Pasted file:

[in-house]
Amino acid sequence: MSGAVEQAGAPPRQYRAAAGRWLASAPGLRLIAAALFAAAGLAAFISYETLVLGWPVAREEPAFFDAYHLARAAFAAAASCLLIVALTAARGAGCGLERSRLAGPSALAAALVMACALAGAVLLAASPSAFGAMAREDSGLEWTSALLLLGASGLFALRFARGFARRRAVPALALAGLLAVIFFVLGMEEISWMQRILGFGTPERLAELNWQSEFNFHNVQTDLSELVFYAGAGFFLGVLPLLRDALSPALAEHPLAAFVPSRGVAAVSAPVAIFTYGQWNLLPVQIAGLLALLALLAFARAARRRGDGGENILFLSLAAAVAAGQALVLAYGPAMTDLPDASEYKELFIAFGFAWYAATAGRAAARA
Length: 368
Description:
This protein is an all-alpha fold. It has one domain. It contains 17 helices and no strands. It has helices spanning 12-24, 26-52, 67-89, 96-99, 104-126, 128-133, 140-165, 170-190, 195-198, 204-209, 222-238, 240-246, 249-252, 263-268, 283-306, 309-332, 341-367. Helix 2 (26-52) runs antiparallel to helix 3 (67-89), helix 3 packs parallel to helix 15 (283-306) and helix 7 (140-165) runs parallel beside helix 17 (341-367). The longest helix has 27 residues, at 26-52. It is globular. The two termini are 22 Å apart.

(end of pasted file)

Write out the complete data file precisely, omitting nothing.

[in-house]
Amino acid sequence: MSGAVEQAGAPPRQYRAAAGRWLASAPGLRLIAAALFAAAGLAAFISYETLVLGWPVAREEPAFFDAYHLARAAFAAAASCLLIVALTAARGAGCGLERSRLAGPSALAAALVMACALAGAVLLAASPSAFGAMAREDSGLEWTSALLLLGASGLFALRFARGFARRRAVPALALAGLLAVIFFVLGMEEISWMQRILGFGTPERLAELNWQSEFNFHNVQTDLSELVFYAGAGFFLGVLPLLRDALSPALAEHPLAAFVPSRGVAAVSAPVAIFTYGQWNLLPVQIAGLLALLALLAFARAARRRGDGGENILFLSLAAAVAAGQALVLAYGPAMTDLPDASEYKELFIAFGFAWYAATAGRAAARA
Length: 368
Description:
This protein is an all-alpha fold. It has one domain. It contains 17 helices and no strands. It has helices spanning 12-24, 26-52, 67-89, 96-99, 104-126, 128-133, 140-165, 170-190, 195-198, 204-209, 222-238, 240-246, 249-252, 263-268, 283-306, 309-332, 341-367. Helix 2 (26-52) runs antiparallel to helix 3 (67-89), helix 3 packs parallel to helix 15 (283-306) and helix 7 (140-165) runs parallel beside helix 17 (341-367). The longest helix has 27 residues, at 26-52. It is globular. The two termini are 22 Å apart.